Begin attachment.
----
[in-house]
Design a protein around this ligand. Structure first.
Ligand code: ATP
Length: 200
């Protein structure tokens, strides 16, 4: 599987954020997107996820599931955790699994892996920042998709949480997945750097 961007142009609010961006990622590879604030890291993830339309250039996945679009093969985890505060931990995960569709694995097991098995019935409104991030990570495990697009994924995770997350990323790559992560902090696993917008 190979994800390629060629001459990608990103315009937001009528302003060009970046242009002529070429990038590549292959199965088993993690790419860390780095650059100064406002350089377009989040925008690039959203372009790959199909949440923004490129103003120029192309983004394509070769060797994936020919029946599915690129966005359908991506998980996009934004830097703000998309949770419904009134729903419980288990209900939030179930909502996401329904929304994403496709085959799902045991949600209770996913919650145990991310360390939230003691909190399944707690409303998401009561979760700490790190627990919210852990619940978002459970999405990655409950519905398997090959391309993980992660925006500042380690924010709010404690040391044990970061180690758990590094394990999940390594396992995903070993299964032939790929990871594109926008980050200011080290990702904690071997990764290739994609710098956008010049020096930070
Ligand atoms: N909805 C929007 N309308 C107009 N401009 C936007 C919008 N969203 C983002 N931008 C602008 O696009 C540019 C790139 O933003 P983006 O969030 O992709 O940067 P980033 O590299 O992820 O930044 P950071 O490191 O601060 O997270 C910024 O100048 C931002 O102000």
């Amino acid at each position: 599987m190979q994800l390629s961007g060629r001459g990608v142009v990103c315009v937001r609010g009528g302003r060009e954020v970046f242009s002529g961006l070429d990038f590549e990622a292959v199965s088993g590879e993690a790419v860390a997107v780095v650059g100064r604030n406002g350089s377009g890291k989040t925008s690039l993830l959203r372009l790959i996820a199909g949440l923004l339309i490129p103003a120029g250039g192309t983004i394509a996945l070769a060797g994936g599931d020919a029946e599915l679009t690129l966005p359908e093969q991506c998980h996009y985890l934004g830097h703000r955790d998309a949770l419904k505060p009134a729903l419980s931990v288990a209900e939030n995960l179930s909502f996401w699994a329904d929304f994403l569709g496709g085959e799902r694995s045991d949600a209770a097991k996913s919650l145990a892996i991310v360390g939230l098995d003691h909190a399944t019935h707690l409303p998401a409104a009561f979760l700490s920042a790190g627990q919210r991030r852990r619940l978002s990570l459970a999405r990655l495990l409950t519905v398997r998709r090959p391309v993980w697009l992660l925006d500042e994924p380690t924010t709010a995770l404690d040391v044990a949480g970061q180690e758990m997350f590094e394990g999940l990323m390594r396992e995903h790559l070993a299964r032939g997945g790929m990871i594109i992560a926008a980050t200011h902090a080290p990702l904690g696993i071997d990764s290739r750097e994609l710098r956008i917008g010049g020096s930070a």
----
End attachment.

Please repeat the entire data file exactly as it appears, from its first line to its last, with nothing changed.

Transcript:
[in-house]
Design a protein around this ligand. Structure first.
Ligand code: ATP
Length: 200
């Protein structure tokens, strides 16, 4: 599987954020997107996820599931955790699994892996920042998709949480997945750097 961007142009609010961006990622590879604030890291993830339309250039996945679009093969985890505060931990995960569709694995097991098995019935409104991030990570495990697009994924995770997350990323790559992560902090696993917008 190979994800390629060629001459990608990103315009937001009528302003060009970046242009002529070429990038590549292959199965088993993690790419860390780095650059100064406002350089377009989040925008690039959203372009790959199909949440923004490129103003120029192309983004394509070769060797994936020919029946599915690129966005359908991506998980996009934004830097703000998309949770419904009134729903419980288990209900939030179930909502996401329904929304994403496709085959799902045991949600209770996913919650145990991310360390939230003691909190399944707690409303998401009561979760700490790190627990919210852990619940978002459970999405990655409950519905398997090959391309993980992660925006500042380690924010709010404690040391044990970061180690758990590094394990999940390594396992995903070993299964032939790929990871594109926008980050200011080290990702904690071997990764290739994609710098956008010049020096930070
Ligand atoms: N909805 C929007 N309308 C107009 N401009 C936007 C919008 N969203 C983002 N931008 C602008 O696009 C540019 C790139 O933003 P983006 O969030 O992709 O940067 P980033 O590299 O992820 O930044 P950071 O490191 O601060 O997270 C910024 O100048 C931002 O102000």
């Amino acid at each position: 599987m190979q994800l390629s961007g060629r001459g990608v142009v990103c315009v937001r609010g009528g302003r060009e954020v970046f242009s002529g961006l070429d990038f590549e990622a292959v199965s088993g590879e993690a790419v860390a997107v780095v650059g100064r604030n406002g350089s377009g890291k989040t925008s690039l993830l959203r372009l790959i996820a199909g949440l923004l339309i490129p103003a120029g250039g192309t983004i394509a996945l070769a060797g994936g599931d020919a029946e599915l679009t690129l966005p359908e093969q991506c998980h996009y985890l934004g830097h703000r955790d998309a949770l419904k505060p009134a729903l419980s931990v288990a209900e939030n995960l179930s909502f996401w699994a329904d929304f994403l569709g496709g085959e799902r694995s045991d949600a209770a097991k996913s919650l145990a892996i991310v360390g939230l098995d003691h909190a399944t019935h707690l409303p998401a409104a009561f979760l700490s920042a790190g627990q919210r991030r852990r619940l978002s990570l459970a999405r990655l495990l409950t519905v398997r998709r090959p391309v993980w697009l992660l925006d500042e994924p380690t924010t709010a995770l404690d040391v044990a949480g970061q180690e758990m997350f590094e394990g999940l990323m390594r396992e995903h790559l070993a299964r032939g997945g790929m990871i594109i992560a926008a980050t200011h902090a080290p990702l904690g696993i071997d990764s290739r750097e994609l710098r956008i917008g010049g020096s930070a």